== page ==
In December 2019, a new respiratory disease called Coronavirus Disease 2019 (COVID-19) was detected in China. COVID-19 is caused by a virus (SARS-CoV-2) that is part of a large family of viruses called coronaviruses.
The U.S. reported the first confirmed instance of person-to-person spread with this virus on January 30, 2020. New York confirmed its first cases of person-to-person spread with this virus March 3, 2020.
While some individuals ill with the virus may be asymptomatic or have mild illness, older individuals and people with underlying health conditions, have shown greater susceptibility to the virus and can experience more serious illness and outcomes. Communities of color have been disproportionately impacted by the virus.
The incubation period of the virus is between 2-14 days, so many public health recommendations are in alignment with that time frame.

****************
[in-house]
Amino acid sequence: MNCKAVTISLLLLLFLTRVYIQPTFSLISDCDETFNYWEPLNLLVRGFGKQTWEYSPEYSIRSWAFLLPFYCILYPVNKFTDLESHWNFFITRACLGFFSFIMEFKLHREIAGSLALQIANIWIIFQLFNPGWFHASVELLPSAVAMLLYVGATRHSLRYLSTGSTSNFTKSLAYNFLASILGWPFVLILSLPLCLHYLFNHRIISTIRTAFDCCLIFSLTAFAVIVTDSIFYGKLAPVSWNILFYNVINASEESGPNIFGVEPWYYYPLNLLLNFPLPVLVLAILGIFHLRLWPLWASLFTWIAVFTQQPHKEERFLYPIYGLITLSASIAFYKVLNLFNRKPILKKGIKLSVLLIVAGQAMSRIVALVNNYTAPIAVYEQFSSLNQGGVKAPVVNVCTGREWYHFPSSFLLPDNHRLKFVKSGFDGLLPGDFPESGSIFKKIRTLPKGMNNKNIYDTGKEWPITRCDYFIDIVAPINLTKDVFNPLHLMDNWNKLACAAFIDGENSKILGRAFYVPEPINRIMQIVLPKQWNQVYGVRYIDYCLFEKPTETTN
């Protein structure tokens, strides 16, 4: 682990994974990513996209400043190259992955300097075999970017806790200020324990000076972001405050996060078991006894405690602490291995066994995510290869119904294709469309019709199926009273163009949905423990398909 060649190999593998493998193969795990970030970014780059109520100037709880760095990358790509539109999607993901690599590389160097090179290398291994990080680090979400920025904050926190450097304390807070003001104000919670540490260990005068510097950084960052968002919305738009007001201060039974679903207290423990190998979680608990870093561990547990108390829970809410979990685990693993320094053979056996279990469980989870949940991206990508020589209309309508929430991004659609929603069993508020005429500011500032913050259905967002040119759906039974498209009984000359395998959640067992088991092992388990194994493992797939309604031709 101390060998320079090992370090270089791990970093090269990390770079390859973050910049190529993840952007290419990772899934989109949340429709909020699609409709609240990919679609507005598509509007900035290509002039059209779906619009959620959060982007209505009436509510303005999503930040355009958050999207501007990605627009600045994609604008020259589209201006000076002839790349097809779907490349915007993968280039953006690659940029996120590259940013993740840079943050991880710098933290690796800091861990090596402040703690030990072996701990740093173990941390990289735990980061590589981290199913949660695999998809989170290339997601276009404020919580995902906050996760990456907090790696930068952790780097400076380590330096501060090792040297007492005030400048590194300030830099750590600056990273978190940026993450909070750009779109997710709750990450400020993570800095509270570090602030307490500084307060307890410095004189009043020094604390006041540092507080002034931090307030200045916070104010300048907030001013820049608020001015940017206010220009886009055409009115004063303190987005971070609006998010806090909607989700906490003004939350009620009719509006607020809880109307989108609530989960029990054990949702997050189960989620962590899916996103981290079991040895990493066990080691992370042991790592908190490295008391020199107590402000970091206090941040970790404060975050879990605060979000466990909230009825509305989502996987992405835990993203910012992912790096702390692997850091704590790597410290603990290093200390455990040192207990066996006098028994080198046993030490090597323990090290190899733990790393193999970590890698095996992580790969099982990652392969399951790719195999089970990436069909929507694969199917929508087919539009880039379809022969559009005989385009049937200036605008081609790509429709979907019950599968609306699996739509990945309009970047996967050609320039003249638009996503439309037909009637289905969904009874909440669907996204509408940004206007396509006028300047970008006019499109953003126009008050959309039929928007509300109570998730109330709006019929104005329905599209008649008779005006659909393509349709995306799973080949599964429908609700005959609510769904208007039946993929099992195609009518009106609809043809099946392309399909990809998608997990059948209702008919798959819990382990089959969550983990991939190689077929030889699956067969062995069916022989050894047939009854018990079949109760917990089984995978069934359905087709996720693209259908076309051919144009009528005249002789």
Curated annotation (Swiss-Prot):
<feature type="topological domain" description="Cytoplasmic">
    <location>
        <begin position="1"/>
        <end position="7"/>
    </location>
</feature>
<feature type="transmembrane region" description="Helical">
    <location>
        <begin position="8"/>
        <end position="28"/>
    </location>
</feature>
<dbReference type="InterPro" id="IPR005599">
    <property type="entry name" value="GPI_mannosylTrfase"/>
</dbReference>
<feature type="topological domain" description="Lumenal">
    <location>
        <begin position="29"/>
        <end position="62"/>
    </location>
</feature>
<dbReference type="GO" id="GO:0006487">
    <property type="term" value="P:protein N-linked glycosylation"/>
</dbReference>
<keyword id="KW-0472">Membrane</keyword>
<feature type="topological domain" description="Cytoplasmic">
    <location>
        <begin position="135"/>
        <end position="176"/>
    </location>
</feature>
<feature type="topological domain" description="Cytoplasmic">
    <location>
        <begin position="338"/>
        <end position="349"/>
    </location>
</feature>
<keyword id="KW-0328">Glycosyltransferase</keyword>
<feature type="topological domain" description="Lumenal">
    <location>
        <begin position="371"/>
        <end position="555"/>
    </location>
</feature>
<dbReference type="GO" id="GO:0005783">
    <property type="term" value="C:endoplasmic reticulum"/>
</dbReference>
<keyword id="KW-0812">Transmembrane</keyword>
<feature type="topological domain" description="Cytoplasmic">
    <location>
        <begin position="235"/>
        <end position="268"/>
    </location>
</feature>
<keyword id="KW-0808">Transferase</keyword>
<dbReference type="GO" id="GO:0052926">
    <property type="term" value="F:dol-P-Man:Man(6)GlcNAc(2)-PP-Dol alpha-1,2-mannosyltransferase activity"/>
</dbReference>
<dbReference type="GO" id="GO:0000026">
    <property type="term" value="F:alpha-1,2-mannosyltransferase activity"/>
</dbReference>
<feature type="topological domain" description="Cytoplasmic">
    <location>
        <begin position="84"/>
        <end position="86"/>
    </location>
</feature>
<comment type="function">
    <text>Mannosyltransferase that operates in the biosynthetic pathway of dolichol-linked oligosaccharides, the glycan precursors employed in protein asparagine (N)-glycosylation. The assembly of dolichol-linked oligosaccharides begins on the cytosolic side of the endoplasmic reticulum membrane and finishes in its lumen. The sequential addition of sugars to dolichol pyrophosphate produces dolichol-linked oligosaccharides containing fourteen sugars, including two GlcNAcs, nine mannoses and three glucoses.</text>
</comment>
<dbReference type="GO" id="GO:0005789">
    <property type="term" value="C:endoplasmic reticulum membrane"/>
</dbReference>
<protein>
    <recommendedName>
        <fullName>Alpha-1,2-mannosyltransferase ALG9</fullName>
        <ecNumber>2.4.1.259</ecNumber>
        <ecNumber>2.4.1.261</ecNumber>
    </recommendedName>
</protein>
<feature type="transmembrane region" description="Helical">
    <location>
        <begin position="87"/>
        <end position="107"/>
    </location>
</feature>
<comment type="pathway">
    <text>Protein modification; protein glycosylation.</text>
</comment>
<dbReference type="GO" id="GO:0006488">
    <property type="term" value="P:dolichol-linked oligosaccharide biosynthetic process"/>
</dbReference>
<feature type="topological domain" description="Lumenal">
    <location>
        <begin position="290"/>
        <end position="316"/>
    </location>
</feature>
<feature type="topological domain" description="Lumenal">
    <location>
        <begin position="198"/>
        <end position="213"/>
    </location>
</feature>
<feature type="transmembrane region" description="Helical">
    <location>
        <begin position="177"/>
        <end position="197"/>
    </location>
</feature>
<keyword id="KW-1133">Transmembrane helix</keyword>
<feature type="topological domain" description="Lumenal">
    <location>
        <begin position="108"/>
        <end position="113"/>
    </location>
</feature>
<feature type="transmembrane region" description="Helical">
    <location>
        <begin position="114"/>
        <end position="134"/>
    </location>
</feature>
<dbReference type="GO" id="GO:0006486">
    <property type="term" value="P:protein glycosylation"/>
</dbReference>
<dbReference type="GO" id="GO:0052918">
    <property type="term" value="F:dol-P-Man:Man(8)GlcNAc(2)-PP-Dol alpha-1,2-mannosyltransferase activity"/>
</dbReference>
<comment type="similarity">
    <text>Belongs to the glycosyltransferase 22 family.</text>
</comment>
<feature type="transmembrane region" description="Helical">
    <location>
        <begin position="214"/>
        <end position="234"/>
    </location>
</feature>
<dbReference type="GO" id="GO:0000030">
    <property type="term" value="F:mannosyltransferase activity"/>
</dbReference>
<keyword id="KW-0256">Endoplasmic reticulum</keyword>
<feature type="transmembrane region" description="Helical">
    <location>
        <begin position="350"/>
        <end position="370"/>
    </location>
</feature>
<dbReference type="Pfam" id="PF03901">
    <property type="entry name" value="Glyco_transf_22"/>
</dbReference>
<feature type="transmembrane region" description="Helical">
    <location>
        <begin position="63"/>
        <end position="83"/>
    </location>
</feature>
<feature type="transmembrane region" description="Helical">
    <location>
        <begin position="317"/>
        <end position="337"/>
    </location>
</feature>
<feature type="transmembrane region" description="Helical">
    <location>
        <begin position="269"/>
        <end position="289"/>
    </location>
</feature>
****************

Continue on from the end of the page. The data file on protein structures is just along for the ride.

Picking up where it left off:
There is currently no cure for this virus, but there are treatments. It is thought to be transmitted easily between people through respiratory droplets in the air. It has been found that some people can exhibit no symptoms of COVID-19 (asymptomatic) but spread the disease. Vaccines have been authorized for use and, beginning January 2021, Ulster County launched a vaccination program in concert with requirements and using allocations from New York State.
The Ulster County Department of Health, under the guidance of the New York State Department of Health, provides case management, guidance to individuals, schools and businesses, as well as hosts vaccine clinics to provide COVID-19 vaccinations and boosters.
For more information about this and other County programs, contact the Ulster County Service Center (845) 443-8888 or ulstercountyserves.com.